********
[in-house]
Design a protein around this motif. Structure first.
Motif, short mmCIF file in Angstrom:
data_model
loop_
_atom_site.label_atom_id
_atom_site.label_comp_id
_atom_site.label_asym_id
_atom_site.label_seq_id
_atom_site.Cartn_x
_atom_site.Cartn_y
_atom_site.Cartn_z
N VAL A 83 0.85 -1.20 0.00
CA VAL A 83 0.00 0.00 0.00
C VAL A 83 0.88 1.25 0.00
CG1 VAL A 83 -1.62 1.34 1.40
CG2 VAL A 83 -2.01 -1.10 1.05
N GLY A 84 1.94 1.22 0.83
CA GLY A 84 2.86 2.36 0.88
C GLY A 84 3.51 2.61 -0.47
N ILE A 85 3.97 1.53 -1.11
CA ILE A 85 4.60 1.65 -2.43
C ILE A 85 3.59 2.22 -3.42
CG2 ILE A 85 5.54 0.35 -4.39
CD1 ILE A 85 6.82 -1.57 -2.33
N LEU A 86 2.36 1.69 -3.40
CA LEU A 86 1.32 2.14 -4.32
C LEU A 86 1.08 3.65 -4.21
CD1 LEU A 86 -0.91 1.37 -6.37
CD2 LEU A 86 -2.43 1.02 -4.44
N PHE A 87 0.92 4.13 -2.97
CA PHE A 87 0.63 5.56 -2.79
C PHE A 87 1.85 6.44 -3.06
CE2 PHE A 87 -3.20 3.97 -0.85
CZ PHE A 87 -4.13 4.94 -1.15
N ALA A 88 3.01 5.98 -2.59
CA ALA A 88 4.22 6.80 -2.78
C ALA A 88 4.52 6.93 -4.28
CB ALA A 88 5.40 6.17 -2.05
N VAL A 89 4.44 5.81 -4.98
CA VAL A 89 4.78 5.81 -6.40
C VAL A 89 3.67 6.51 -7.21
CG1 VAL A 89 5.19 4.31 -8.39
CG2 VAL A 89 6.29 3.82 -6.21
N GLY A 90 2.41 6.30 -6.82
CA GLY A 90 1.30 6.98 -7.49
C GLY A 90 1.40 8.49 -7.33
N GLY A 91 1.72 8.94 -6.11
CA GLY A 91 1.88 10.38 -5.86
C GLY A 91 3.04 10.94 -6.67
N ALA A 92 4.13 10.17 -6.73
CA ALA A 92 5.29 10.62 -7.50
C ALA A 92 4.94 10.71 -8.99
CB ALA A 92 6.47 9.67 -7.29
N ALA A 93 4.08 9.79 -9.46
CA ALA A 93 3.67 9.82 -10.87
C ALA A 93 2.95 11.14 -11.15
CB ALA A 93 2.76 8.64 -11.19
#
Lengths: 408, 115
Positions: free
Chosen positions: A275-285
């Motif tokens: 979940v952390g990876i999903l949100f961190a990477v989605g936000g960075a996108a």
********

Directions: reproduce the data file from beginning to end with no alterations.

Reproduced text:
[in-house]
Design a protein around this motif. Structure first.
Motif, short mmCIF file in Angstrom:
data_model
loop_
_atom_site.label_atom_id
_atom_site.label_comp_id
_atom_site.label_asym_id
_atom_site.label_seq_id
_atom_site.Cartn_x
_atom_site.Cartn_y
_atom_site.Cartn_z
N VAL A 83 0.85 -1.20 0.00
CA VAL A 83 0.00 0.00 0.00
C VAL A 83 0.88 1.25 0.00
CG1 VAL A 83 -1.62 1.34 1.40
CG2 VAL A 83 -2.01 -1.10 1.05
N GLY A 84 1.94 1.22 0.83
CA GLY A 84 2.86 2.36 0.88
C GLY A 84 3.51 2.61 -0.47
N ILE A 85 3.97 1.53 -1.11
CA ILE A 85 4.60 1.65 -2.43
C ILE A 85 3.59 2.22 -3.42
CG2 ILE A 85 5.54 0.35 -4.39
CD1 ILE A 85 6.82 -1.57 -2.33
N LEU A 86 2.36 1.69 -3.40
CA LEU A 86 1.32 2.14 -4.32
C LEU A 86 1.08 3.65 -4.21
CD1 LEU A 86 -0.91 1.37 -6.37
CD2 LEU A 86 -2.43 1.02 -4.44
N PHE A 87 0.92 4.13 -2.97
CA PHE A 87 0.63 5.56 -2.79
C PHE A 87 1.85 6.44 -3.06
CE2 PHE A 87 -3.20 3.97 -0.85
CZ PHE A 87 -4.13 4.94 -1.15
N ALA A 88 3.01 5.98 -2.59
CA ALA A 88 4.22 6.80 -2.78
C ALA A 88 4.52 6.93 -4.28
CB ALA A 88 5.40 6.17 -2.05
N VAL A 89 4.44 5.81 -4.98
CA VAL A 89 4.78 5.81 -6.40
C VAL A 89 3.67 6.51 -7.21
CG1 VAL A 89 5.19 4.31 -8.39
CG2 VAL A 89 6.29 3.82 -6.21
N GLY A 90 2.41 6.30 -6.82
CA GLY A 90 1.30 6.98 -7.49
C GLY A 90 1.40 8.49 -7.33
N GLY A 91 1.72 8.94 -6.11
CA GLY A 91 1.88 10.38 -5.86
C GLY A 91 3.04 10.94 -6.67
N ALA A 92 4.13 10.17 -6.73
CA ALA A 92 5.29 10.62 -7.50
C ALA A 92 4.94 10.71 -8.99
CB ALA A 92 6.47 9.67 -7.29
N ALA A 93 4.08 9.79 -9.46
CA ALA A 93 3.67 9.82 -10.87
C ALA A 93 2.95 11.14 -11.15
CB ALA A 93 2.76 8.64 -11.19
#
Lengths: 408, 115
Positions: free
Chosen positions: A275-285
């Motif tokens: 979940v952390g990876i999903l949100f961190a990477v989605g936000g960075a996108a």